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Artificial Intelligence

Using AI to mitigate risks and pinpoint dangers in adverse media screenings

· 5 minute read

· 5 minute read

Adverse media screenings — the process of searching for negative news as part of a comprehensive program to determine risk levels — continues to grow in popularity.

Those using this screening method are particularly interested in information related to cybersecurity, changing regulations, workplace risk, and business operations, and they use such screening programs to proactively review media for adverse information and safeguard the organization’s reputation during client or vendor on-boarding and other periodic reviews. In fact, the use of adverse media screenings have been given a shot in the arm by regulatory agencies that increasingly expect companies to perform robust customer due diligence checks as part of ongoing risk management programs.

However, it’s not always easy to use simple search methods to find vital information, or more challenging, to sort through the massive amounts of results that may be generated by simple searches. Google still ranks as the top service for adverse media screenings even though public search engines suffer numerous limitations, most often returning too many false positives — search engine matches that are delivered but once scrutinized by analysts, are found to be irrelevant. In fact, these false positives can significantly compromise the effectiveness of risk management and regulatory compliance programs.

Moving toward AI-driven searches

Fortunately, there are new technology solutions — such as Thomson Reuters CLEAR Adverse Media — that are driven by artificial intelligence (AI) and can greatly improve the effectiveness and efficiency of adverse media screenings. “With CLEAR Adverse Media, I can easily identify sanctions and PEP [politically exposed persons] status,” said one fraud analyst at a midsize professional services company. “It has helped sift through the noise of Google results much more effectively.”

By using search and filter options that are based on natural-language processing (NLP), these AI-driven search tools can more accurately identify media mentions that are more pertinent to the query being made by giving computers the ability to analyze and understand human language.

In fact, when investigators were asked about the challenges that led them to implement an AI-driven adverse search program like CLEAR Adverse Media, almost two-thirds (61%) said that it was because search engines like Google returned too much irrelevant information, and 79% of those surveyed said that CLEAR Adverse Media saves them time in their adverse media screening or sanctions screening processes.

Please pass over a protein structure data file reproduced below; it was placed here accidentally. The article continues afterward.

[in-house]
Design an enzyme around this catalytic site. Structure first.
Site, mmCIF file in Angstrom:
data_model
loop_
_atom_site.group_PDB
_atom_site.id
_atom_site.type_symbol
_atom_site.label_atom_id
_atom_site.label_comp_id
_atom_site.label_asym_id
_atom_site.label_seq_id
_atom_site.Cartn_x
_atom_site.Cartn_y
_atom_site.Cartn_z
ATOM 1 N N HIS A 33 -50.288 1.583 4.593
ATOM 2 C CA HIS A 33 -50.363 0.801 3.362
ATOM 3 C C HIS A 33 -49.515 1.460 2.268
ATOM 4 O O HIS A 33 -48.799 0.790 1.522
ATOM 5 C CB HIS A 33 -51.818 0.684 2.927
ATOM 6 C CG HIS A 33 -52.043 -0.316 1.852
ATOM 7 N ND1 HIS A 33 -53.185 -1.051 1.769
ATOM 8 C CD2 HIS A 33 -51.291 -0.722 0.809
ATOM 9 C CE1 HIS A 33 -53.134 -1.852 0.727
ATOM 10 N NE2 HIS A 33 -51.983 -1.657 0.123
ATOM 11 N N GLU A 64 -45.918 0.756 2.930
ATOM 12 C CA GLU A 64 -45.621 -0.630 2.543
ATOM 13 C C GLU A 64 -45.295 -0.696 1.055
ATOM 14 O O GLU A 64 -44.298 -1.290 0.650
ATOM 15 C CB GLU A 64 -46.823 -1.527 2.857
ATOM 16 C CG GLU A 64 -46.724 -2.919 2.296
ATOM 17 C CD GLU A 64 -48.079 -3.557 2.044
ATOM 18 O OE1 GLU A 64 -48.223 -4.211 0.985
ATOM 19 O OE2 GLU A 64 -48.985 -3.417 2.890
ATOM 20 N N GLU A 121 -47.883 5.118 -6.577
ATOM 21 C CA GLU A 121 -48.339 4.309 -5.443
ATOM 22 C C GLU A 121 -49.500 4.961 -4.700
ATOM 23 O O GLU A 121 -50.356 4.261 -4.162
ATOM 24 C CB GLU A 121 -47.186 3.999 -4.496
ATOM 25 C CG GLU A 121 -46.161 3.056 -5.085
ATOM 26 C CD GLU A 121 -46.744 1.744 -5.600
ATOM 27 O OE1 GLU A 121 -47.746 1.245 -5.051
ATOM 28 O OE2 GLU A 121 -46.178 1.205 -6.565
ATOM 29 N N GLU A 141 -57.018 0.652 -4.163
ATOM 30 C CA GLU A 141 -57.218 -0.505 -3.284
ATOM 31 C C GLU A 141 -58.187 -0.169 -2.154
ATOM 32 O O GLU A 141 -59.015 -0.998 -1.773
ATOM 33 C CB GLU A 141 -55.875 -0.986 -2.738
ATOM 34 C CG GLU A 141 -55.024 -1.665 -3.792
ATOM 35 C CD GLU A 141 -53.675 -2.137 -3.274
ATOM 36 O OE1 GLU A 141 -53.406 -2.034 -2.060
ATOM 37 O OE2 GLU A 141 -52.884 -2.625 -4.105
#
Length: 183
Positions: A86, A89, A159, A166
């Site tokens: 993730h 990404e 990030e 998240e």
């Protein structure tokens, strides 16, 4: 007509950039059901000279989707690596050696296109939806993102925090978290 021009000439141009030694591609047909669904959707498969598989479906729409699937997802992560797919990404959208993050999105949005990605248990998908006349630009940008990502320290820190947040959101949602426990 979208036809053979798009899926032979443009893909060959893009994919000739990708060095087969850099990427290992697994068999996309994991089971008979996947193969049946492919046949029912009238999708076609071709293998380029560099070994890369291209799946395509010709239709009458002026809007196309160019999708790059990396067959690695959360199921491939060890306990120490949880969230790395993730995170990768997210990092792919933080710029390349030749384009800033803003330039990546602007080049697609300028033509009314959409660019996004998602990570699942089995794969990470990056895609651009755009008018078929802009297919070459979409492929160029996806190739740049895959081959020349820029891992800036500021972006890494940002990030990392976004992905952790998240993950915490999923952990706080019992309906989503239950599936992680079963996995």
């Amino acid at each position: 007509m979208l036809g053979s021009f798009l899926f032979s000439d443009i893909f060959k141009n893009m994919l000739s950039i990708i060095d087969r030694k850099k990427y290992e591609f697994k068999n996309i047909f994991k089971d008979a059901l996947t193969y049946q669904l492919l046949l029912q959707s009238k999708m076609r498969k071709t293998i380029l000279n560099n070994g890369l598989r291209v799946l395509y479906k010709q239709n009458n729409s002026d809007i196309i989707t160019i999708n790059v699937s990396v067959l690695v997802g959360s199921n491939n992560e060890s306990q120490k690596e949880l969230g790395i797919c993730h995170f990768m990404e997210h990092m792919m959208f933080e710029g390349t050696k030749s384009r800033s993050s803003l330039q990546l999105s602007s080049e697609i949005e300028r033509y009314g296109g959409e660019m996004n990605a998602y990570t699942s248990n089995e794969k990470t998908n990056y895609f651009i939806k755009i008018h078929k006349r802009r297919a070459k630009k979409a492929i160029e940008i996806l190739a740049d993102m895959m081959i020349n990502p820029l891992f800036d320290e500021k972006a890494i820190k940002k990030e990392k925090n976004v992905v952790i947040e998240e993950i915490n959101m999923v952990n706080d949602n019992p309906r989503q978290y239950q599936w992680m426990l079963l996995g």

This is possible because natural-language processing — a form of AI — uses algorithms to help computers understand the way humans speak and write, while allowing software systems to understand human commands, make sense of content, and cut through the vast amount of possible results to best determine what’s important. NLP also helps risk management teams prioritize and categorize data, tag relevant content, and identify duplicate stories, thus eliminating the need to manually evaluate volumes of content, saving valuable time, and reducing the possibility of human bias or errors.

Beyond NLP, innovative developments like machine learning (ML) focus on making computer programs that can access data and use it to learn for themselves. Over time, ML systems can improve from experience without requiring specific programming or tech-expert users. Not surprisingly, 77% of survey respondents said they chose CLEAR Adverse Media because of its ease-of-use.

Others were even pleasantly surprised with what critical information they were able to find in their AI-driven searches which previously had eluded them. “With CLEAR Adverse Media, we have been able to find additional information on some individuals that we weren’t able to through other means,” said a General Counsel at a small professional services company. “It also has helped us gain pre-bankruptcy information so that we aren’t in the dark about a client’s financial situation.”

These tools and their filters also can allow users to remove multiple hits for the same content, discern truly adverse events in search results, and even filter and categorize content to focus on what the analysts truly care about, and even search beyond traditional news source such as press releases, non-governmental organizations’ reports, third-party sources of structured data, and notices published by law enforcement agencies, tax authorities, and government agencies. Further, other ML solutions save time by discounting unimportant news, identifying false positives, and recognizing relevant media that needs further evaluation. ML technology can determine if a news article focuses on the subject of interest or just mentions the subject in passing. It also speeds up the review process by highlighting keywords and essential terms.

Of course, even the most advanced AI technology requires some manual processing. Corporate risk and compliance teams will still need to set up and update parameters in the system, configure the tools, customize the filters, monitor the information, and review the results. Sometimes, the high-quality and precise results can even surprise the users. “CLEAR Adverse Media saves us a lot of time doing due diligence,” said a compliance officer at a midsize financial services company.

As seen, AI-driven adverse media screening can greatly help companies maintain regulatory compliance and identify potential financial and strategic risks, giving corporate risk mitigation and fraud detection teams the necessary tools to easily access relevant information and conduct comprehensive, diligent investigations.

You can learn more in this recent Adverse Media Screening white paper.

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